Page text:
"HomeCare is proud to acknowledge those whose tireless efforts serve to further the goals of providers and the industry at large," says Editor-in-Chief Gail Walker. "The HomeCaring Awards are only a small token in recognizing the contributions of so many individuals whose exemplary service have made the homecare community a better place, and who challenge the rest of us to do better ourselves."
Mom's advice: Patients come first
By Jennifer Keirn, Contributing Editor
LEXINGTON, Ky. - Mike Marnhout was just a kid when he learned the business principle that guides him today as President and CEO of Bluegrass Oxygen.
"My mom was a hospital administrator, and we learned about patient care from the very beginning," Marnhout says. "You take care of all patients, regardless of whether you get paid for it or not. Always have and always will."
Marnhout admits it's gotten tougher to adhere to that principle in today's reimbursement climate. He's about 60% dependent on Medicare, so he's now getting creative in his business model.
The most significant change has been to provide all of Bluegrass Oxygen's respiratory patients, about 2,400 across the company's six locations, with a portable oxygen concentrator (POC) with their stationary concentrator at set-up. Patients love it, which has led to a 15% boost in referrals.
"It's a huge investment vs. tanks, about seven to eight times greater," says Marnhout. "But in the long run, the dollars you save in labor, gasoline, insurance and all, you have to change your model to survive what's happening in this industry."
Bluegrass Oxygen's POC strategy differentiates the company in its target markets, and it's a focus of the company's successful marketing campaign. Marnhout stars in the company's 15 and 30-second TV commercials. Wheel of Fortune and Jeopardy are his most effective placements. He also places newspaper ads in select markets.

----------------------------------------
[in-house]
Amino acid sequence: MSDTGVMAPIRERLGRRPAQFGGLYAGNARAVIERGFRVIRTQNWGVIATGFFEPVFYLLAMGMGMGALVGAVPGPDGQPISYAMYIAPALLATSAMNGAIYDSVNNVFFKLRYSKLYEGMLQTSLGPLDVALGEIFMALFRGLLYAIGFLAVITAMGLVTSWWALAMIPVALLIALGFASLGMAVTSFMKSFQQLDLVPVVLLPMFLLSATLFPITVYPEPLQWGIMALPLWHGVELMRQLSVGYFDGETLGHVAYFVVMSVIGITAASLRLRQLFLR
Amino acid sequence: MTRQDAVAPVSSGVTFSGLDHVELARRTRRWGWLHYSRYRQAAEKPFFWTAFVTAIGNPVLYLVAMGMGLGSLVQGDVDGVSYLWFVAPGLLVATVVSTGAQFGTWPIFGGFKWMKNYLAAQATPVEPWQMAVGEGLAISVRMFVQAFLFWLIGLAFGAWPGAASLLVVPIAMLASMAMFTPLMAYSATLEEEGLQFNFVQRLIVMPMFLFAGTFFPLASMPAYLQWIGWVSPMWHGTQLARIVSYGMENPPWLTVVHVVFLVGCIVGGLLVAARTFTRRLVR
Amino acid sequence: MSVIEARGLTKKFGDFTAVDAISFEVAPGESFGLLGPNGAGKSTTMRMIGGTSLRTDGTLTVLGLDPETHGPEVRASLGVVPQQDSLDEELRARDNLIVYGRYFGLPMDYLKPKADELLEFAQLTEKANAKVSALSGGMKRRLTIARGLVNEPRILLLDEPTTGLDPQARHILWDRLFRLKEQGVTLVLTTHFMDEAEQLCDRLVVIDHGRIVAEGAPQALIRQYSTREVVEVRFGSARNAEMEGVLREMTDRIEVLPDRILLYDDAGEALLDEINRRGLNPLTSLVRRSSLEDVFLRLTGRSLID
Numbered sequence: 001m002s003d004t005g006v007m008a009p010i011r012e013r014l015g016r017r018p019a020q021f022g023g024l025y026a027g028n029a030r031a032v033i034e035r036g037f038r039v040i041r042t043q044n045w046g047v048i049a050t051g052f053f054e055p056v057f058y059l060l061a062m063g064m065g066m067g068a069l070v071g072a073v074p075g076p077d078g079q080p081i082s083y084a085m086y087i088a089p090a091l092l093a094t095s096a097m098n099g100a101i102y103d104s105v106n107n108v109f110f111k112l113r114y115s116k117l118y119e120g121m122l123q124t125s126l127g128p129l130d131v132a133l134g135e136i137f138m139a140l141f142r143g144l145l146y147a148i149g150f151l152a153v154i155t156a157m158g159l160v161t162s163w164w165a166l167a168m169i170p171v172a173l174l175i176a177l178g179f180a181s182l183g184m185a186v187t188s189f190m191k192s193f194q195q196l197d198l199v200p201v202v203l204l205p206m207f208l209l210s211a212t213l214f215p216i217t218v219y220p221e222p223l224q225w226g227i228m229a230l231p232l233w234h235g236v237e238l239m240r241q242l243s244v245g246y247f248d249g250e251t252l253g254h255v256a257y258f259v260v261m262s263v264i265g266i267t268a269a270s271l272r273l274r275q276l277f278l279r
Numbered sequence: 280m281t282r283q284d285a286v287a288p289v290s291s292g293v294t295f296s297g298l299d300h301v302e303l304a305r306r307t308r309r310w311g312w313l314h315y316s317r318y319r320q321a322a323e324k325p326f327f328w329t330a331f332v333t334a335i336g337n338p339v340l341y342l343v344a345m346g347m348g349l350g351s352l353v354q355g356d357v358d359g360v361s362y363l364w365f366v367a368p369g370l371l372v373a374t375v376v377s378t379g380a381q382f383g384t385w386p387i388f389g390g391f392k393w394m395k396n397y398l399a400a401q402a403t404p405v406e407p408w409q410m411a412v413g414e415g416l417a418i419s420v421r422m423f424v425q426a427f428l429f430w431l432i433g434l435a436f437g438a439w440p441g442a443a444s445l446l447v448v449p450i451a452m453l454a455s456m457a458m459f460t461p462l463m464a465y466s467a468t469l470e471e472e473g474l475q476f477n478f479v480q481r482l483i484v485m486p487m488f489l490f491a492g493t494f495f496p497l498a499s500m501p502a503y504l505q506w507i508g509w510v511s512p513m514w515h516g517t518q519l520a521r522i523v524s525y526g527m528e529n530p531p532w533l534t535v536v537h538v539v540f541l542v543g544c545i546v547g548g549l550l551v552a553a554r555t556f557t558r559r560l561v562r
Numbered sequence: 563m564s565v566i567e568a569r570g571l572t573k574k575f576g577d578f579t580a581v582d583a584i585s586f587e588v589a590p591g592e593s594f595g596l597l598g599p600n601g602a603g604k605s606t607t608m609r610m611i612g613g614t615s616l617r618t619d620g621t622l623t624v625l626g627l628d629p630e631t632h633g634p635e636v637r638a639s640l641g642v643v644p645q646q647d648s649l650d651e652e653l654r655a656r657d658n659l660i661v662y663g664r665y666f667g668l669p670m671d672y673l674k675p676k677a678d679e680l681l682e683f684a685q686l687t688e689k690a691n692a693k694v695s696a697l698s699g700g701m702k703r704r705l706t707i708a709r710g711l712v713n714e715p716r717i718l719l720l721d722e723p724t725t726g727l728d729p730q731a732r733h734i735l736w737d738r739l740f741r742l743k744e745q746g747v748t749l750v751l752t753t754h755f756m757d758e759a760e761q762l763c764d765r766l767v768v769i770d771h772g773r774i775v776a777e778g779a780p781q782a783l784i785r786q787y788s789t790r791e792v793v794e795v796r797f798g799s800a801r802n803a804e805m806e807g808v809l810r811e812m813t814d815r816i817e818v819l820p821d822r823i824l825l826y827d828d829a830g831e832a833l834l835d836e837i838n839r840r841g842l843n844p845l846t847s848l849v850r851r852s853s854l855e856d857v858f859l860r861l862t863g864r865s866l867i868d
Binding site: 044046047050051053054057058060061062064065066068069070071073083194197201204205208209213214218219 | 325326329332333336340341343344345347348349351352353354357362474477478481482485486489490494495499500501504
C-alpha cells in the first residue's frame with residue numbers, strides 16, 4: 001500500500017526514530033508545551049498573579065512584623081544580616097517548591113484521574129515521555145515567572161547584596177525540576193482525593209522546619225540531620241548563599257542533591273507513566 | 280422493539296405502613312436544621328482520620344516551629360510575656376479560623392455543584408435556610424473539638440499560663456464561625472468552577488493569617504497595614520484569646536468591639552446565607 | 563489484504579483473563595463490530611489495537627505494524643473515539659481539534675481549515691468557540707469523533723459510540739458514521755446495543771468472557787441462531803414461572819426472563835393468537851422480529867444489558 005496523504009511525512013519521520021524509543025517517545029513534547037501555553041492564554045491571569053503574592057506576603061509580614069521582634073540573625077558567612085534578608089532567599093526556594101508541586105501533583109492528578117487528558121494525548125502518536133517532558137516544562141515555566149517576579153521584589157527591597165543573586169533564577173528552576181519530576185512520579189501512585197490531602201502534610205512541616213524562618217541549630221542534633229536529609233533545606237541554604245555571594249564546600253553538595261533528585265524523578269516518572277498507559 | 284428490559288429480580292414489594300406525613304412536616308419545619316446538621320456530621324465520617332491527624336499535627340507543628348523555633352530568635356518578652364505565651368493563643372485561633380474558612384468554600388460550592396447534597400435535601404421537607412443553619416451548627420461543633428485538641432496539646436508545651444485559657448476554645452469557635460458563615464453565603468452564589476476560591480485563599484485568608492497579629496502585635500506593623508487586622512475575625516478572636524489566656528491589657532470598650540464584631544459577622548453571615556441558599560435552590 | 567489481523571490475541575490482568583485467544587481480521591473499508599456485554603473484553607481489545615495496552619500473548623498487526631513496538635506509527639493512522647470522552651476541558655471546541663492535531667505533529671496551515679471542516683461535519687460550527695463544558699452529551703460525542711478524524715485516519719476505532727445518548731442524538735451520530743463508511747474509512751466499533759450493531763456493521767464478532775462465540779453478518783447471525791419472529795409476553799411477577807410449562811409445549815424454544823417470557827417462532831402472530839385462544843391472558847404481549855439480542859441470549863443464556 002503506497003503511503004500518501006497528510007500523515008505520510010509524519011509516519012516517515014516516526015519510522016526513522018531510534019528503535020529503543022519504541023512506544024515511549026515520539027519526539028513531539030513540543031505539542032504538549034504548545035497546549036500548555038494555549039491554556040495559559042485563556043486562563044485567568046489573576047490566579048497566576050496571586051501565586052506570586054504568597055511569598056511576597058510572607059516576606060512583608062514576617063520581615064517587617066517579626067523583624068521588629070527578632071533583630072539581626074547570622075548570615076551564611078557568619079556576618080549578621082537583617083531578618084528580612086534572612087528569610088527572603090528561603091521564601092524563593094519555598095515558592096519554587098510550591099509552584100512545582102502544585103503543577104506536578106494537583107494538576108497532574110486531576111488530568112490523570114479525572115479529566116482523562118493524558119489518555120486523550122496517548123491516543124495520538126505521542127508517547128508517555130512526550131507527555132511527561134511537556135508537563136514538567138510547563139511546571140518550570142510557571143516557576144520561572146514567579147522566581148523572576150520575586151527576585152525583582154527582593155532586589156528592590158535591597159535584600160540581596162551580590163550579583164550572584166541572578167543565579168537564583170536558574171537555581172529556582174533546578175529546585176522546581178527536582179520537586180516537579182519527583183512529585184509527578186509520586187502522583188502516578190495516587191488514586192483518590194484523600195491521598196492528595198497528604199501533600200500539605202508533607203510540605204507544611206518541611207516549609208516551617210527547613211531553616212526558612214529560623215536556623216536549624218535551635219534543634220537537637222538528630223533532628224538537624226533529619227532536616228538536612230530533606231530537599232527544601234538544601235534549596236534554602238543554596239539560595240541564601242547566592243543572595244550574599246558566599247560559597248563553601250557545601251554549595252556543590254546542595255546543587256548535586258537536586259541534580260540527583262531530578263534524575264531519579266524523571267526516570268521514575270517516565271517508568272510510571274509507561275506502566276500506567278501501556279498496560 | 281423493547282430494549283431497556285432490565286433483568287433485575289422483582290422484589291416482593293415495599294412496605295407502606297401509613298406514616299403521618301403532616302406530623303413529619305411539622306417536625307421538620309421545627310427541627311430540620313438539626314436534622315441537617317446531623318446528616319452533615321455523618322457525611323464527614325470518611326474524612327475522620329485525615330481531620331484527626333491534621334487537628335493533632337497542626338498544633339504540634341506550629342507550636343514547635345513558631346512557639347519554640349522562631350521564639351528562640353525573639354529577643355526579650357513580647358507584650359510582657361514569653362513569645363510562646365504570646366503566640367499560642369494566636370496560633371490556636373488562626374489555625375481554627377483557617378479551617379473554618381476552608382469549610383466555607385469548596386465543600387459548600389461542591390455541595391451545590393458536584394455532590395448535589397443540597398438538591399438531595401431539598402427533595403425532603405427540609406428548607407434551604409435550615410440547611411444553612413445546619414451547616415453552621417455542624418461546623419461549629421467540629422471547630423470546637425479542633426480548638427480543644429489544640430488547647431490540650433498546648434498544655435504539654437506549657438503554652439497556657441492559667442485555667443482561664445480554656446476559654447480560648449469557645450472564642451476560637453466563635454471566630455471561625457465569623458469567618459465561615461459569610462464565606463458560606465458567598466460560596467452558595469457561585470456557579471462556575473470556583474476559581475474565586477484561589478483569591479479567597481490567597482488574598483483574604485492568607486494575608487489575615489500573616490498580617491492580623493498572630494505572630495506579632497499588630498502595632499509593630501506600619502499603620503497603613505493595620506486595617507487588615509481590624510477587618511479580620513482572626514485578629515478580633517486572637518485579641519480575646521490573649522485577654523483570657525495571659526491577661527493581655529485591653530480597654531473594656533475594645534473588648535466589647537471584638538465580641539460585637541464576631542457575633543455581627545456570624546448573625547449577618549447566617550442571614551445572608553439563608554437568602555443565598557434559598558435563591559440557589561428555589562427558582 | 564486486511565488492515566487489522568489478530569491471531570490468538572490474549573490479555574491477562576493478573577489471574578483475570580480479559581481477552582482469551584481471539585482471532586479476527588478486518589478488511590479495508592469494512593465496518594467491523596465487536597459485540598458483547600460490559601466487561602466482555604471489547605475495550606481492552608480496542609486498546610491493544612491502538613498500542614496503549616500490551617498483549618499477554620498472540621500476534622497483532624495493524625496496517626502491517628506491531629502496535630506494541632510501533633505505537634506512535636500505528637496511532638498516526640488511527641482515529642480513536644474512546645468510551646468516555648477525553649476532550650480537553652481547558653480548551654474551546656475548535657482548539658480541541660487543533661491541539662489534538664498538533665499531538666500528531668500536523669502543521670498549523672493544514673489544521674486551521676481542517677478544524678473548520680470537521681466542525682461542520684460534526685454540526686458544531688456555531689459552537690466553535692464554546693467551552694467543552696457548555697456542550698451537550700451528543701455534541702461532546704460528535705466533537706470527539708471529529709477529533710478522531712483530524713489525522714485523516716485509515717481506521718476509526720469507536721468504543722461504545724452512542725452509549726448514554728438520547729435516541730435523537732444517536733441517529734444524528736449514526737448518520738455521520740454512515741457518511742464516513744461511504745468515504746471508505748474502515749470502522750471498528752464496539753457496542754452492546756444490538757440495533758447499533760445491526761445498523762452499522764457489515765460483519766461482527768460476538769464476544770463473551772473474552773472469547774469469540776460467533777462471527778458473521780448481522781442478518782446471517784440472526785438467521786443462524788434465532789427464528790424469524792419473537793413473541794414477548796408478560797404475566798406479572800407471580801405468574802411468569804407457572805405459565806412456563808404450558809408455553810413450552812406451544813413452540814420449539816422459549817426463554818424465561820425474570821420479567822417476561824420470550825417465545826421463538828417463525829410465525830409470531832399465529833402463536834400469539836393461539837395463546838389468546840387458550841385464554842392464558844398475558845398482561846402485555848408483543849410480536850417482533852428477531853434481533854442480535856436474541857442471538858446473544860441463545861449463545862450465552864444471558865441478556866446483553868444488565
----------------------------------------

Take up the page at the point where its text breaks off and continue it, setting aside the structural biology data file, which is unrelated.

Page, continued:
Bluegrass Oxygen is the 10th business Marnhout has started over his 32-year career. He started this company in 1996 with one business partner, VP/COO Craig Coleman, and has grown it to a 45-employee operation, that services 100 counties in six states. Some of his service area includes urban areas like Lexington, Louisville and Cincinnati, but about 35% includes rural areas in Eastern and Southern Kentucky.
"You might drive 80 miles one way," Marnhout says. "You don't want to go that far two or three days a week."
Other changes Marnhout has made to his business model have included outsourcing his billing and IT functions, using GPS technology for drivers and reducing his inventory load. Now he's focusing on the changes that accountable care organizations (ACOs) will bring. He believes HME providers must do more to educate patients and referral sources about their role in that care model. Just like his mama taught him, Marnhout insists only patient-focused providers will survive.
"We live, eat and breathe patient care," he says. "That's how I was raised. If you're able to, you should."